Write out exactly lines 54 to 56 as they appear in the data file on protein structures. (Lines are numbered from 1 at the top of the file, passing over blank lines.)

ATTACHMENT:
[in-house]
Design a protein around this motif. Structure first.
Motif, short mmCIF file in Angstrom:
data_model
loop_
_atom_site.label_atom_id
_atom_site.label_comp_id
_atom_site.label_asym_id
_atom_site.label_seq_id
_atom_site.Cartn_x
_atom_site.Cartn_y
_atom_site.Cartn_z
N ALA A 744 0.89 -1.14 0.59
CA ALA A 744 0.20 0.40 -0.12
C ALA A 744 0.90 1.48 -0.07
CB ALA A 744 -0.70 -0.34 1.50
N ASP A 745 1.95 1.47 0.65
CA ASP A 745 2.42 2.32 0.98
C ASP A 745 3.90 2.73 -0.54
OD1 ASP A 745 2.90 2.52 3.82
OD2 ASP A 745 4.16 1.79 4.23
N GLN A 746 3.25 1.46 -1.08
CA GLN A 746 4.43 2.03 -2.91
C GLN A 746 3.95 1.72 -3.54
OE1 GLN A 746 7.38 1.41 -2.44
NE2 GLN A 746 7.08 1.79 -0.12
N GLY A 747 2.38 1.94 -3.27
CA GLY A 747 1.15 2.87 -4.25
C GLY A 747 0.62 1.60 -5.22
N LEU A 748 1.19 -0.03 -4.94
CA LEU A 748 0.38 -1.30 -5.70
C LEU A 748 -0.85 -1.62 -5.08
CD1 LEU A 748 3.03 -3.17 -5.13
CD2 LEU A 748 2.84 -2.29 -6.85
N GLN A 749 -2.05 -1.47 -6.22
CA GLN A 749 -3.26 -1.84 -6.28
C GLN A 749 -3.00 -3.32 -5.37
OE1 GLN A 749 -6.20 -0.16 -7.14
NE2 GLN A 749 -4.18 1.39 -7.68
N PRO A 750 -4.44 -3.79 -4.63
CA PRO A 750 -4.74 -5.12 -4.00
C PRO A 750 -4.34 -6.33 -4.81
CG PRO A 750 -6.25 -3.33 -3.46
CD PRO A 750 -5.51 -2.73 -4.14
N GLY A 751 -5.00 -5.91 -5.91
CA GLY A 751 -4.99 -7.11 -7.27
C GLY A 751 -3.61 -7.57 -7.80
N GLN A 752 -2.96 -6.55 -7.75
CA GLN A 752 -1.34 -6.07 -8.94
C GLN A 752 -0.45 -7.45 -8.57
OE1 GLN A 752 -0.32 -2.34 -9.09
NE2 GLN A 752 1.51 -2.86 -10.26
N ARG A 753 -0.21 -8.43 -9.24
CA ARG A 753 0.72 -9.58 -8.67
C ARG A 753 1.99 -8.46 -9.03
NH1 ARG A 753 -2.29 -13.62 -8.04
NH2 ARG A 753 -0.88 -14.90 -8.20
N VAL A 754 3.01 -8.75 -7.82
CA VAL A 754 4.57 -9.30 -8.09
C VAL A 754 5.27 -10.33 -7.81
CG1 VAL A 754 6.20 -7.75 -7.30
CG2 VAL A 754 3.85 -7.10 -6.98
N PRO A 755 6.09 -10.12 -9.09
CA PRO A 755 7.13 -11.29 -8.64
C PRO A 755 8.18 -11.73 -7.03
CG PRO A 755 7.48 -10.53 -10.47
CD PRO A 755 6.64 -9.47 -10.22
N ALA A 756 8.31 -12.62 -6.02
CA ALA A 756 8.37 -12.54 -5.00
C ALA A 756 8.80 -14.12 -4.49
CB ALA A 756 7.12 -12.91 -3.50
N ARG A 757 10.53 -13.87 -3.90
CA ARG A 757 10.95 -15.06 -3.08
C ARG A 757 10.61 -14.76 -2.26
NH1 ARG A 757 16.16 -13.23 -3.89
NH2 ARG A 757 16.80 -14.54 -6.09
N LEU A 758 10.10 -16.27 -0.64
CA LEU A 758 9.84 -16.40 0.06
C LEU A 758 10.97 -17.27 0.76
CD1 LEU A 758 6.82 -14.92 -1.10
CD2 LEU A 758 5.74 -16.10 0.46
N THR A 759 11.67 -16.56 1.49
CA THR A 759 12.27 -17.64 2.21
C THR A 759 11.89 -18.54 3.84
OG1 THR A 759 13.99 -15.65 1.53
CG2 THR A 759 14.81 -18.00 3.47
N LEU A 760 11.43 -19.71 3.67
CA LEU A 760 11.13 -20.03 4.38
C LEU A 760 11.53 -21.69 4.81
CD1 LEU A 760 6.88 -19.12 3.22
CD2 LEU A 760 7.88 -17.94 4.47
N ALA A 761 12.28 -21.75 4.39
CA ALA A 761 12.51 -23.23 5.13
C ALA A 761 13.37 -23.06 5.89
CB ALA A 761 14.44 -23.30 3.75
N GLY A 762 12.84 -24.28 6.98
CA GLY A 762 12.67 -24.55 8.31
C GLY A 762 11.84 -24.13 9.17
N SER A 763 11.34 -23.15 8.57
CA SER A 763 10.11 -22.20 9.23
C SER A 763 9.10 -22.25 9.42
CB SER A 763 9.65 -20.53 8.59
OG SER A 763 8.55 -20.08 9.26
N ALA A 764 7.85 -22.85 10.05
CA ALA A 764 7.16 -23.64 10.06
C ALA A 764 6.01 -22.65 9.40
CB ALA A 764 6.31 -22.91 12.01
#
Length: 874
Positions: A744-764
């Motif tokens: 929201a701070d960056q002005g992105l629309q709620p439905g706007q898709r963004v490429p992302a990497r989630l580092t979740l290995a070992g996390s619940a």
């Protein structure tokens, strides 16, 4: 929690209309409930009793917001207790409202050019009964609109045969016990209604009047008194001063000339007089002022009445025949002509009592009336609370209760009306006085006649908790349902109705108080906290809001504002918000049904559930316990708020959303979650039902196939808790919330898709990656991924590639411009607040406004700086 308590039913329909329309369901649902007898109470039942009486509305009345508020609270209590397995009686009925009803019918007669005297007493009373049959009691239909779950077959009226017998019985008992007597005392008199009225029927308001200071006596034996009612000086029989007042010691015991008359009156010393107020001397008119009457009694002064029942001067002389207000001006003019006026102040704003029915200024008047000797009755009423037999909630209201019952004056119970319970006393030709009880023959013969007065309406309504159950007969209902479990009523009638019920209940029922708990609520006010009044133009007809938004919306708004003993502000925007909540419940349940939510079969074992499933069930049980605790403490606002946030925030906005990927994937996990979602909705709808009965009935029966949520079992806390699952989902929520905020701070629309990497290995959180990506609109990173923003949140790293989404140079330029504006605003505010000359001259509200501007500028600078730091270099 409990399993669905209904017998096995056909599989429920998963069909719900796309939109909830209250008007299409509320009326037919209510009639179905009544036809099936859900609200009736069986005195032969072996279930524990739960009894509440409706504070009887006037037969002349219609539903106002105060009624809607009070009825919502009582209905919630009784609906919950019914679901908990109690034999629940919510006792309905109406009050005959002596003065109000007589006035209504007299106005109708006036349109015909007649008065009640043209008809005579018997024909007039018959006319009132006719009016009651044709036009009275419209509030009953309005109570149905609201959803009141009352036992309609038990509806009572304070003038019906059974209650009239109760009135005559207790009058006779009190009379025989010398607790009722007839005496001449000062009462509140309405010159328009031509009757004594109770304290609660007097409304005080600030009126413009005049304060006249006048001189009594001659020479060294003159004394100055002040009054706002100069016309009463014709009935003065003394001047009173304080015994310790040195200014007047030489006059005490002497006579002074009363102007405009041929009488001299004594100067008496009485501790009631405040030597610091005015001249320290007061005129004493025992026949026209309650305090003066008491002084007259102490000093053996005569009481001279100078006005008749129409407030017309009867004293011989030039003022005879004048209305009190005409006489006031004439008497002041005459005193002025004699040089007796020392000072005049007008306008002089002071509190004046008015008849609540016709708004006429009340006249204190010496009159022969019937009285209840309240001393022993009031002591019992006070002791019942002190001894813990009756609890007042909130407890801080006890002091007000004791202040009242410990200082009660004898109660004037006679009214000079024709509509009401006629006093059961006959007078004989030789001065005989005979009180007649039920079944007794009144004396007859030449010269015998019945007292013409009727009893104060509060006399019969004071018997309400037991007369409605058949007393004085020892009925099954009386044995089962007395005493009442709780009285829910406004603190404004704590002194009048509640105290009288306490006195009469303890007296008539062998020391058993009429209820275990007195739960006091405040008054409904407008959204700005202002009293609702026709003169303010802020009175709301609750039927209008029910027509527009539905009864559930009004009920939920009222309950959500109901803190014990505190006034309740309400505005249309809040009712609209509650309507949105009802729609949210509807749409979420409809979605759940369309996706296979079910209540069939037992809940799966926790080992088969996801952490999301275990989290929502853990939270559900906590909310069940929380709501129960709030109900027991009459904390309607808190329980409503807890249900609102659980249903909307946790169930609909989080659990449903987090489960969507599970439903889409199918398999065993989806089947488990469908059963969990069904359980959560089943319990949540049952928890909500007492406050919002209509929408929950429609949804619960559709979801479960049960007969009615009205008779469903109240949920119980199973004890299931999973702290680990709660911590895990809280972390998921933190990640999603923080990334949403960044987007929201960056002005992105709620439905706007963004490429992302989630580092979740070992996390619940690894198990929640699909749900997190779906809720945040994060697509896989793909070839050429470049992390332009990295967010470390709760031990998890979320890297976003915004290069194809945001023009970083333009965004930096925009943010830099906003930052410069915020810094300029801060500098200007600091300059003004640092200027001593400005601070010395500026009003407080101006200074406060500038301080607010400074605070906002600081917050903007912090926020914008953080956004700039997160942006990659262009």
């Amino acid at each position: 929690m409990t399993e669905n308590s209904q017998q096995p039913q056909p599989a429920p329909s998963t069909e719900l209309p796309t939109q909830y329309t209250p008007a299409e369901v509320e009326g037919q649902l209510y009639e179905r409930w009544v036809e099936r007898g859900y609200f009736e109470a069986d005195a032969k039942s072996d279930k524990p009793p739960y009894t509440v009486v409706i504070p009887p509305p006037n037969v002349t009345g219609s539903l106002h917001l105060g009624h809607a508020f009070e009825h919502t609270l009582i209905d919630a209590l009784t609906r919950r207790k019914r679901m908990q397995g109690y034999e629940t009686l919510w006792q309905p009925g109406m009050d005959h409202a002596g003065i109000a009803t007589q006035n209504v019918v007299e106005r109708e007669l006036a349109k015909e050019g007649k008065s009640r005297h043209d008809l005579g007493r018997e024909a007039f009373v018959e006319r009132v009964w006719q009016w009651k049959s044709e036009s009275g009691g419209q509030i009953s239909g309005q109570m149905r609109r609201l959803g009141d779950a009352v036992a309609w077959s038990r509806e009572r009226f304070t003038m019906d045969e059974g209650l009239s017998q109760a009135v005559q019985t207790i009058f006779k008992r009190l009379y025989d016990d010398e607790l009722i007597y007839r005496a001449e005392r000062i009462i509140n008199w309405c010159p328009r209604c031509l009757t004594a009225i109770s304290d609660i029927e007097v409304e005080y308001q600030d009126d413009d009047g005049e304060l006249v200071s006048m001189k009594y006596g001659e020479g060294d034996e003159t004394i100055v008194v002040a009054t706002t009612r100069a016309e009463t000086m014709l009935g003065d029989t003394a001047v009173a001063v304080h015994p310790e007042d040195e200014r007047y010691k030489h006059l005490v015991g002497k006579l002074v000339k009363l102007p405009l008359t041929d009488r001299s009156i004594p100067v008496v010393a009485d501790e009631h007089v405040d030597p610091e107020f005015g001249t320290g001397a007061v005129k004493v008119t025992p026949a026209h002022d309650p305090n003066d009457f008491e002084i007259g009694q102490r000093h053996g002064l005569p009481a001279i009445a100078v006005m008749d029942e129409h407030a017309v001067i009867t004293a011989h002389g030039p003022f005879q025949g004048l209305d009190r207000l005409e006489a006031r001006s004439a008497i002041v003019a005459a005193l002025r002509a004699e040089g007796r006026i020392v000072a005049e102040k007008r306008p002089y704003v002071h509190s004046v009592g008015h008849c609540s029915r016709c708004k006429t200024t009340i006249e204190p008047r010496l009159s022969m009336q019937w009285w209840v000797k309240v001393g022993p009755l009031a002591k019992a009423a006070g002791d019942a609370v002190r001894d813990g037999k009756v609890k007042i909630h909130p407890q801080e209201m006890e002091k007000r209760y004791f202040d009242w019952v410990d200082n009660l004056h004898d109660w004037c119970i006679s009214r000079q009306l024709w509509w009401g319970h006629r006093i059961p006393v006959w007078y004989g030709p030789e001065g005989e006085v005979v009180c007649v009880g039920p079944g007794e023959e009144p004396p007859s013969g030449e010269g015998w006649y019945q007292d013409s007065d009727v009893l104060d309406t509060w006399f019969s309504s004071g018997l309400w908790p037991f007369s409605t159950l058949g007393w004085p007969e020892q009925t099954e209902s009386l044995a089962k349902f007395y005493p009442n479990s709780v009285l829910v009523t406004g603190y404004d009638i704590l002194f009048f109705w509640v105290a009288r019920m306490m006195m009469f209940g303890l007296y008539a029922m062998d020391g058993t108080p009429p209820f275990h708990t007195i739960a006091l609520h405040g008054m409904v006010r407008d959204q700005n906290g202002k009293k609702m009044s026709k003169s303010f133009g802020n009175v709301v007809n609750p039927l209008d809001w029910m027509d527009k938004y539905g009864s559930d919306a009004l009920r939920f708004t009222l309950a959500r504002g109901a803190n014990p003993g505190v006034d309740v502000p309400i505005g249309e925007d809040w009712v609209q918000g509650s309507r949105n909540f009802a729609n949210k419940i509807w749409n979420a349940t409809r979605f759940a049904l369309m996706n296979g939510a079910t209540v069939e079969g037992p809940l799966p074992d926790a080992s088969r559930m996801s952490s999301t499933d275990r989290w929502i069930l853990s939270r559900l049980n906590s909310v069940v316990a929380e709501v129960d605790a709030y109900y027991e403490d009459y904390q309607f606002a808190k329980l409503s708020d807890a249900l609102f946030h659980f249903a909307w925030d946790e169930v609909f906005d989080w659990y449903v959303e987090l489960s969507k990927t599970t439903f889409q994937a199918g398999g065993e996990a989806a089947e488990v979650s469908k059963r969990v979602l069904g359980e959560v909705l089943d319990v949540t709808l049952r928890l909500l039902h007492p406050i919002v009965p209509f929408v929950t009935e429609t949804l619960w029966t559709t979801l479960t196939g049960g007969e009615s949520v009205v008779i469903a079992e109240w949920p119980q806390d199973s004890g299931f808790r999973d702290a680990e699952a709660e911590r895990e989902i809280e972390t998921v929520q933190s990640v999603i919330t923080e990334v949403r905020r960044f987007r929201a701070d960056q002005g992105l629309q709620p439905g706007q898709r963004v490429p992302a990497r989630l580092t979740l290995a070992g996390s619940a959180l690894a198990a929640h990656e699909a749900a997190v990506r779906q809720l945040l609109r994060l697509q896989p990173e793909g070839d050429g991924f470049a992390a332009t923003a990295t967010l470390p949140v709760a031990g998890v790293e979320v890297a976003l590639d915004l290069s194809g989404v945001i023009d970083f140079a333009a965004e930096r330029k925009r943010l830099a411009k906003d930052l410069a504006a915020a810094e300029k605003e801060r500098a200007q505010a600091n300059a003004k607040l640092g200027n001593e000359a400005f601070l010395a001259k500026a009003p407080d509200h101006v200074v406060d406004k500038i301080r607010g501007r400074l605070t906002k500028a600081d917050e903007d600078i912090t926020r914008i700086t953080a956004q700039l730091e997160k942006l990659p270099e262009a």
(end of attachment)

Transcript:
CA ARG A 753 0.72 -9.58 -8.67
C ARG A 753 1.99 -8.46 -9.03
NH1 ARG A 753 -2.29 -13.62 -8.04